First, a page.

Senator Tom Cotton (R., Ark.) launched a regulation on Thursday that might prohibit federal funding for faculties that incorporate curriculum from the New York Times‘s “1619 Project.”
The 1619 Project, named after the year when colonists first brought slaves to the U.S., attempts to retell American history by emphasizing the importance of slavery in the country’s earliest years. However, historians have criticized the venture for primary “factual errors” and a ” displacement of historic understanding by ideology.” (One instance of such an error within the venture is the assertion that the colonies revolted from British rule to be able to protect slavery.)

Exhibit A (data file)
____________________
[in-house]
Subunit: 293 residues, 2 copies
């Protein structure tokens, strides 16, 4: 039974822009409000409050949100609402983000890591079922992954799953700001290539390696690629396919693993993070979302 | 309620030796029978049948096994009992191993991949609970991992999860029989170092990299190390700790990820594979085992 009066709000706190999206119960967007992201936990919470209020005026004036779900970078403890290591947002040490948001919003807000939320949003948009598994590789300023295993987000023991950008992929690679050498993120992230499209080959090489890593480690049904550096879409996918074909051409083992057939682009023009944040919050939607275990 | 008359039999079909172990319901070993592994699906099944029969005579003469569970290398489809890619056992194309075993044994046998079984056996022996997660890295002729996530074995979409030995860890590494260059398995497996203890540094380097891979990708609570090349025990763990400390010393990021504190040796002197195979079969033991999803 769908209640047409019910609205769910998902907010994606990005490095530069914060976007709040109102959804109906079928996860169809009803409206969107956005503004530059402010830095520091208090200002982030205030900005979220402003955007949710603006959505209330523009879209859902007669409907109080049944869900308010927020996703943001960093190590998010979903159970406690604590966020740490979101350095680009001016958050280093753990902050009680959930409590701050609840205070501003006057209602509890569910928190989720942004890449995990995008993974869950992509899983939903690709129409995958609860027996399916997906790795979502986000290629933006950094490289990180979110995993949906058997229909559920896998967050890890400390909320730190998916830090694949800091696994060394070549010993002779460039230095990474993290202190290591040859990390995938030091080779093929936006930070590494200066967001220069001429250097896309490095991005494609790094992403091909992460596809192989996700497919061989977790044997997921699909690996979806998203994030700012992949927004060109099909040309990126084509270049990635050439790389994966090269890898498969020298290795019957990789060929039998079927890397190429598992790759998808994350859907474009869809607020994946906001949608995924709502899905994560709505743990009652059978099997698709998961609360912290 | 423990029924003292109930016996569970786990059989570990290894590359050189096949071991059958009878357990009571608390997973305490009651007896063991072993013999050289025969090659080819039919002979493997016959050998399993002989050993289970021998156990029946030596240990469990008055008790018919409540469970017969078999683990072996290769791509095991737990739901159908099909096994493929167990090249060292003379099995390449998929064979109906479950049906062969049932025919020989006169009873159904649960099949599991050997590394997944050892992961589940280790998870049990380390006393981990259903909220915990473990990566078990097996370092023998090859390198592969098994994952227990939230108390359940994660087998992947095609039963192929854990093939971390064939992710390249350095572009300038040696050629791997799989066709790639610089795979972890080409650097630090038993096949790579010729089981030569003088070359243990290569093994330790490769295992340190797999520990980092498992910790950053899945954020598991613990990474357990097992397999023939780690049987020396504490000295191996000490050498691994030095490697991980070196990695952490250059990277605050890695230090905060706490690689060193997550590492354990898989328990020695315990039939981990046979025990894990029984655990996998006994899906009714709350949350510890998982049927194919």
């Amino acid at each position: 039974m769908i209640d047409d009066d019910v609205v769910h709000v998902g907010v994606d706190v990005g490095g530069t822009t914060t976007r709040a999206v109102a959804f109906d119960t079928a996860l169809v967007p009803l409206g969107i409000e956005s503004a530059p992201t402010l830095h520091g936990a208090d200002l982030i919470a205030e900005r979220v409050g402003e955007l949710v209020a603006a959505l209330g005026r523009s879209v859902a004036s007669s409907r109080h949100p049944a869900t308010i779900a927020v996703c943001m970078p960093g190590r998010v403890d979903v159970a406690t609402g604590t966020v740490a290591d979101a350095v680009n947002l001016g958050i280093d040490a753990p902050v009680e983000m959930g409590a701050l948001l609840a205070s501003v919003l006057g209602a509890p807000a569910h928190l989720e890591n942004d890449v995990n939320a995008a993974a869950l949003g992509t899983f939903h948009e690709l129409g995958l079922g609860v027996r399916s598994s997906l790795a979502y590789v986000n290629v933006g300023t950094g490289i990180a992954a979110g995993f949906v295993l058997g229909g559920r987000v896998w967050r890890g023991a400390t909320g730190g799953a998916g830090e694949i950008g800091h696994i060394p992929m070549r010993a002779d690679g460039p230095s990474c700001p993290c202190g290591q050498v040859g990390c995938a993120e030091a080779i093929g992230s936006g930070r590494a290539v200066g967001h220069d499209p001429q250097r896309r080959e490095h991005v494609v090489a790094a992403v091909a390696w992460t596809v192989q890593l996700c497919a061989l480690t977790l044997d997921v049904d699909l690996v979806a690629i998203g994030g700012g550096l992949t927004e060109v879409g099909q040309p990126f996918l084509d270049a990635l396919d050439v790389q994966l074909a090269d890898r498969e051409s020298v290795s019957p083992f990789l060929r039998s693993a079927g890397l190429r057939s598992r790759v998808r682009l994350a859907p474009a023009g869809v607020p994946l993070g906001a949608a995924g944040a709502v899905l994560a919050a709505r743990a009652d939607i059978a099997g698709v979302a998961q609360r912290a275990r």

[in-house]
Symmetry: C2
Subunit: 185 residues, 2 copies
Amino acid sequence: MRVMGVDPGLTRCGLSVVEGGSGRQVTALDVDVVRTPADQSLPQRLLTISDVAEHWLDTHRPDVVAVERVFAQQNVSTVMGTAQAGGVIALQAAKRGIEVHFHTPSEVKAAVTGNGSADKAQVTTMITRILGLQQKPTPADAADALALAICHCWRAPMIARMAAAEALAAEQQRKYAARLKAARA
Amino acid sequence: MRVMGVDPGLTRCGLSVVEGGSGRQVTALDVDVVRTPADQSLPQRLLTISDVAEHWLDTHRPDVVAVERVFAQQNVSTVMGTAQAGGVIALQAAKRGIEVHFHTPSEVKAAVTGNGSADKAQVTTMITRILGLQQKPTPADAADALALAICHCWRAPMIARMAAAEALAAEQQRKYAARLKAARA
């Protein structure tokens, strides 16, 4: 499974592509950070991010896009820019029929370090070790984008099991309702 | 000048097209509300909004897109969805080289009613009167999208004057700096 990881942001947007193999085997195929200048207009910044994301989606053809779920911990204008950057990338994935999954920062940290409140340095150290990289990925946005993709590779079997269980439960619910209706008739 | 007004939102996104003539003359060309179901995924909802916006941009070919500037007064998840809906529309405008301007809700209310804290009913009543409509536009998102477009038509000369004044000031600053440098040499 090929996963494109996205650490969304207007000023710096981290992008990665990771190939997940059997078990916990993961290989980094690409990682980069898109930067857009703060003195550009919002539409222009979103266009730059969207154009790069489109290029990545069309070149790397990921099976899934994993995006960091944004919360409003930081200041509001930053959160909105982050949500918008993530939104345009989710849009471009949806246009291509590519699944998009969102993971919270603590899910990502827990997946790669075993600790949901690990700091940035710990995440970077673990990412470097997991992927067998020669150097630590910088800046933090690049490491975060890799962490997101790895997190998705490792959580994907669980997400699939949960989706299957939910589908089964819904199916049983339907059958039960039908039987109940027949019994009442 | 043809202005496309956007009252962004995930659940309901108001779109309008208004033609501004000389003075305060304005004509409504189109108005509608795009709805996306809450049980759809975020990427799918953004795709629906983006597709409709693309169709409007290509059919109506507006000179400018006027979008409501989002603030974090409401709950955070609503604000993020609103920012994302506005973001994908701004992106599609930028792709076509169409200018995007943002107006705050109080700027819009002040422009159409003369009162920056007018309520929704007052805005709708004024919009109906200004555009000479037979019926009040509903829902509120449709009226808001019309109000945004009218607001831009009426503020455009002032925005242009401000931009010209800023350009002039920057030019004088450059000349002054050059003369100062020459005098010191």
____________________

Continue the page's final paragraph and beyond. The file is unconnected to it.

“The New York Times’s 1619 Project is a racially divisive, revisionist account of history that denies the noble principles of freedom and equality on which our nation was founded,” Cotton stated in an announcement. “Not a single cent of federal funding should go to indoctrinate young Americans with this left-wing garbage.”
According to Cotton, the invoice wouldn’t have an effect on federal funding allotted to low-income or special-needs college students.
The Times has introduced plans to include materials from the venture in public faculty curricula. Districts in a number of main cities together with Chicago, Ill., and Washington, D.C., have adopted a few of these supplies.
Writer Nikole Hannah-Jones received a Pulitzer Prize in April for her lead essay for the venture.